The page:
Bees All the Buzz at Outdoor Lunch Tables


Izzy DiNunzio

Bees have pestered many Nonnewaug students this fall — but who’s really at fault?

Izzy DiNunzio, Junior Editor

WOODBURY — Since the beginning of the school year, everyone at Nonnewaug has noticed bees all over campus. The bees are most noticeably at lunch or on mask breaks. The excess of bees has also resulted in many students getting stung.

Why are there so many bees? Can Nonnewaug find a way to get rid of them?

Since an abundance of bees has been swarming the school, Nonnewaug nurse Sandra Snabaitis has noticed an increase in how many students are being stung.

“At least eight students [this school year],” Snabaitis said. “Lots of students don’t even report being stung.” 

The bees usually sting students’ fingers, according to Snabaitis.

“Bees are mostly found near the outside lunch tables and outdoor sports areas,” Snabaitis said. 

Clayton Hilpertshauser, a custodian at Nonnewaug who covers the cafeteria during lunch waves, has a different outlook.

“In the big picture they are actually good for the environment,” Hilpertshauser said of the bees. “We have the food and sugars; that’s why the bees like to come near us.”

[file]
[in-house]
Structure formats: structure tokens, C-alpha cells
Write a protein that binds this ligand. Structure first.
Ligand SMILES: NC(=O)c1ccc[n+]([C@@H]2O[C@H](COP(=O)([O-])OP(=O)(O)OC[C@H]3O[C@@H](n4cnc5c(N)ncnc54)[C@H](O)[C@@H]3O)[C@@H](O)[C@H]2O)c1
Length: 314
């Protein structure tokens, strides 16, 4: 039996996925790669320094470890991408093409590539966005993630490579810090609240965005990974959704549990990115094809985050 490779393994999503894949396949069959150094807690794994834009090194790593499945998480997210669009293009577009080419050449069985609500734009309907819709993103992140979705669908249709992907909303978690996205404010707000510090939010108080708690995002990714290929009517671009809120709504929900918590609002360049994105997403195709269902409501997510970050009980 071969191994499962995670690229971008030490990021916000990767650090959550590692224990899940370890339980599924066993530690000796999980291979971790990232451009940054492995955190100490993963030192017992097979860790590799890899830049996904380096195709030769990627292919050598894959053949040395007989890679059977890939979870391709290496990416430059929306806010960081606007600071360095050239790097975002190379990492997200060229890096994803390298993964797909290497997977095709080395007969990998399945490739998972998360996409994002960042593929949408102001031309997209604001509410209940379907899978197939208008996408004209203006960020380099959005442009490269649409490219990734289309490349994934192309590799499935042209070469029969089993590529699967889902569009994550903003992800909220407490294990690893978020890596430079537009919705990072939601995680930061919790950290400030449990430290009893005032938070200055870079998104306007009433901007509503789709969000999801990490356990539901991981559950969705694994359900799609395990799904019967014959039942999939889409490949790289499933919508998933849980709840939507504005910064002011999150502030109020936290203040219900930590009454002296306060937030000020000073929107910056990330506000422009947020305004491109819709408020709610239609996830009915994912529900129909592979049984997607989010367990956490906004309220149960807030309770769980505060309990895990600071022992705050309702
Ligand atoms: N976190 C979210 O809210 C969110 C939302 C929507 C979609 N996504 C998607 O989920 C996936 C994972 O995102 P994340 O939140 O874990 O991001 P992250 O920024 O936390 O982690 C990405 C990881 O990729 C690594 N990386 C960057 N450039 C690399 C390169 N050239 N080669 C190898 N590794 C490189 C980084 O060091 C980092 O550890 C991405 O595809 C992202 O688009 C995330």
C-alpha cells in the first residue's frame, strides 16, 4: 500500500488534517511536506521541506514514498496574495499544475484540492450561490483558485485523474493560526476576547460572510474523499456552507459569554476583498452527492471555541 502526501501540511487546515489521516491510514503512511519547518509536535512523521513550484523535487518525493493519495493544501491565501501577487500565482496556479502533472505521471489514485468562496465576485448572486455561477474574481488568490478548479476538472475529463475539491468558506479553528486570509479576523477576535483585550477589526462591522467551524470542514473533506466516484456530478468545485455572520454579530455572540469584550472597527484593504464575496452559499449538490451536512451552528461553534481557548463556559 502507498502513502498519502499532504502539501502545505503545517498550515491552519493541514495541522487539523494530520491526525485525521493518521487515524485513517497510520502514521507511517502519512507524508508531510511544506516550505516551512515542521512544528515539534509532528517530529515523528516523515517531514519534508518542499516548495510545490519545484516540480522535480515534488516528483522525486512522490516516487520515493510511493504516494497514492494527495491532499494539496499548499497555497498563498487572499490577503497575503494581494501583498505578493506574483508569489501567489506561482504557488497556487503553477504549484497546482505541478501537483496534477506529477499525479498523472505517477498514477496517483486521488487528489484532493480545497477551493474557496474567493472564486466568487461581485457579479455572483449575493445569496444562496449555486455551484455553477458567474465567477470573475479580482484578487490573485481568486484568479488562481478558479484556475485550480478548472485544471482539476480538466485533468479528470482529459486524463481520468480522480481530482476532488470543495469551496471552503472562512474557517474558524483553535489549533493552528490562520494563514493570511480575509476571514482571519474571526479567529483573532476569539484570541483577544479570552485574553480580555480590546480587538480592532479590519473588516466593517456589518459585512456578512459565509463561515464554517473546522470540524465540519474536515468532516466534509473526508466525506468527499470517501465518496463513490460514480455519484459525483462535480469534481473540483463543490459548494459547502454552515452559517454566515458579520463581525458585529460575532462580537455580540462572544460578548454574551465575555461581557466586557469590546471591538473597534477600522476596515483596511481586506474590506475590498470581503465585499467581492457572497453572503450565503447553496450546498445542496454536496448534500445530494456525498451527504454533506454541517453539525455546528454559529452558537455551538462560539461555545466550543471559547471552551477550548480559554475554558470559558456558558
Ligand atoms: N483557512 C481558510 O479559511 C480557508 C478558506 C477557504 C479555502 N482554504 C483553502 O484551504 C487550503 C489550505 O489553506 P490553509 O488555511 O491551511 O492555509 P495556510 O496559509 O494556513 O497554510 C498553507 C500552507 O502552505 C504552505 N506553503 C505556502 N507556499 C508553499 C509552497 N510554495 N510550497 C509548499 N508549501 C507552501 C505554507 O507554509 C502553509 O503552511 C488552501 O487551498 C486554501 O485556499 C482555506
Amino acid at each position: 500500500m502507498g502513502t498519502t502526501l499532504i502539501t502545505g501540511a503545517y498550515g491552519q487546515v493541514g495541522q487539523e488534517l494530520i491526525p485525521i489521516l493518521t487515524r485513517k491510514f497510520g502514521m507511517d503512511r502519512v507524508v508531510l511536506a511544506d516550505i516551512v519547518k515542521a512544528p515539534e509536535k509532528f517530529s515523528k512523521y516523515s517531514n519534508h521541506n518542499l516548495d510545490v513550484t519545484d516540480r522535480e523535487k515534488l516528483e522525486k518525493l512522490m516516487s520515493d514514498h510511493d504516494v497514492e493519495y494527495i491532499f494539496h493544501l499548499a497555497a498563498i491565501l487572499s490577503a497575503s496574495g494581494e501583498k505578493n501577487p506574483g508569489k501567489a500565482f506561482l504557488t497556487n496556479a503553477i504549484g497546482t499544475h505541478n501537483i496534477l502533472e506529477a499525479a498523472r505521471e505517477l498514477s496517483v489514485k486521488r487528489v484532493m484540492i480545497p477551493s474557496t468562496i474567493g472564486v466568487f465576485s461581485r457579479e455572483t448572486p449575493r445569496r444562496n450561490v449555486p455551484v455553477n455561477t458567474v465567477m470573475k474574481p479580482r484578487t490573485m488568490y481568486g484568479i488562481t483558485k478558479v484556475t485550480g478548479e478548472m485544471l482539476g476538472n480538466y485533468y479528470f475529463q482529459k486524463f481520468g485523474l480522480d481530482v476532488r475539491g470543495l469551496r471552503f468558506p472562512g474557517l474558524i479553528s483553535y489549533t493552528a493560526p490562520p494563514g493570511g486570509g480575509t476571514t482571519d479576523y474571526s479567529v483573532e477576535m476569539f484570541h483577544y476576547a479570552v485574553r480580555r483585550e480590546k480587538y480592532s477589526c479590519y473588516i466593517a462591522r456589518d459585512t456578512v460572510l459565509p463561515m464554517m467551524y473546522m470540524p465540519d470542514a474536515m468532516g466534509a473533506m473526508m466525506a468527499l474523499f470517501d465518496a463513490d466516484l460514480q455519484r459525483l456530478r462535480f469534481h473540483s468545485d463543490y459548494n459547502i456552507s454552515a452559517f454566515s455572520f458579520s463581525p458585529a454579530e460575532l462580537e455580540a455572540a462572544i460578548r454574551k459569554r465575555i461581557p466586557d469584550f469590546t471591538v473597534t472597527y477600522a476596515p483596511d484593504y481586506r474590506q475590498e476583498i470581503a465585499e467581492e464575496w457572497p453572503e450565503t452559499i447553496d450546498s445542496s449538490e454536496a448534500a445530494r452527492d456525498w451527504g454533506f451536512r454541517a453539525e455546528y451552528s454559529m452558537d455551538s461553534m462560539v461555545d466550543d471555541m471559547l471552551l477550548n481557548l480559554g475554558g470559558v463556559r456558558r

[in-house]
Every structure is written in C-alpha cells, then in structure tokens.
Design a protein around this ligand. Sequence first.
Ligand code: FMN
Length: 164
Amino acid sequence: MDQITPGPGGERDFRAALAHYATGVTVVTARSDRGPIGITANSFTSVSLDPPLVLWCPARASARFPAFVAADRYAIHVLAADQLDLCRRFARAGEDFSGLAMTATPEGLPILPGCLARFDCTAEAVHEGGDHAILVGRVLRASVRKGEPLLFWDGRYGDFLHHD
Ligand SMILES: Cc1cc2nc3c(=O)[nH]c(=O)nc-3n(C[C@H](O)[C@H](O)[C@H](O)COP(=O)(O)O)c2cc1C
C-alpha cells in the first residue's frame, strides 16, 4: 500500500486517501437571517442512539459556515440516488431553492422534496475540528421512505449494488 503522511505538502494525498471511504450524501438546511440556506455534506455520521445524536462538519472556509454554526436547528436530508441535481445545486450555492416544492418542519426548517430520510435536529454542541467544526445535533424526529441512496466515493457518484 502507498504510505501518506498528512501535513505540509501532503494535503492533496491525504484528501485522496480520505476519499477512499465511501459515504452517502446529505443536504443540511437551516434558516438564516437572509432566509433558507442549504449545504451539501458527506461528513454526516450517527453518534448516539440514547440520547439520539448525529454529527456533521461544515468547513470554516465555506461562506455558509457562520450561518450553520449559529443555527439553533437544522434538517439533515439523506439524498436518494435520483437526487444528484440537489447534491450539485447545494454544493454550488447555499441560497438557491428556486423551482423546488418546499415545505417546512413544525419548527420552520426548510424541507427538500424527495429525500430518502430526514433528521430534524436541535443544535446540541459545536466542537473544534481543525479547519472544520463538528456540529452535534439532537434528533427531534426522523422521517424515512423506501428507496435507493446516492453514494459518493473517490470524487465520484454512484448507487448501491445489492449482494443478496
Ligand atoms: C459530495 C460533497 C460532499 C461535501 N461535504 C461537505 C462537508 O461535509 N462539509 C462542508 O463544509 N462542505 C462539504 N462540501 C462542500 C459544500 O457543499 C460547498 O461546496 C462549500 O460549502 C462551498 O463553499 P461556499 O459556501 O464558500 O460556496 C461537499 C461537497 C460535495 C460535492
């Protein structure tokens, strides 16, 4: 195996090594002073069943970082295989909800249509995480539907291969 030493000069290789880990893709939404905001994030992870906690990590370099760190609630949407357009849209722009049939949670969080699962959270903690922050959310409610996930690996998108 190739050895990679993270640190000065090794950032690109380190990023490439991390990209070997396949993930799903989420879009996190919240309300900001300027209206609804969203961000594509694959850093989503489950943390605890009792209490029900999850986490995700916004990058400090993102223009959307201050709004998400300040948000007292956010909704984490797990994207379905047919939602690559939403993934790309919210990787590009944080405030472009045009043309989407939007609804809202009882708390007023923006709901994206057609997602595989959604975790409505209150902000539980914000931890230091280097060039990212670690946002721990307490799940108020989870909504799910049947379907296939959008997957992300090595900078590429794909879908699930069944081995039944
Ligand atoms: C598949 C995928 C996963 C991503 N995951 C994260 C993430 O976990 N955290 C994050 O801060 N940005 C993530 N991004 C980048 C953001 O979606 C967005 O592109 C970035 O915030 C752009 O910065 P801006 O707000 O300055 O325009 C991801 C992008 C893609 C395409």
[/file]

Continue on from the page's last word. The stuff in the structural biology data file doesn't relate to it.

Nonnewaug’s outdoor lunch tables are where most students fall victim to the abundance of bees. Kids’ sugary foods and drinks are what most staff members say attract the bees. (Izzy DiNunzio)

Luckily, there are ways to deter the bees.

“You can get a soda bottle and put something sweet in it,” Snabaitis said. “The bees will fly in and won’t be able to get out.” 

With the temperatures dropping and winter right around the corner, the bees will no longer pose a threat to Nonnewaug — at least for a little while. 

“I don’t think there’s anything we can do about the bees because it is nature. The problem will be here as long as we have bees on the earth,” Hilpershauser says. “Just let them do their thing and don’t aggravate them.” 

Eric Birkenberger, an agriscience teacher who specializes in floriculture, agrees that bees aren’t really the issue.

“I think the problem has to be with kids not leaving them alone and swatting at them,” Birkenberger said.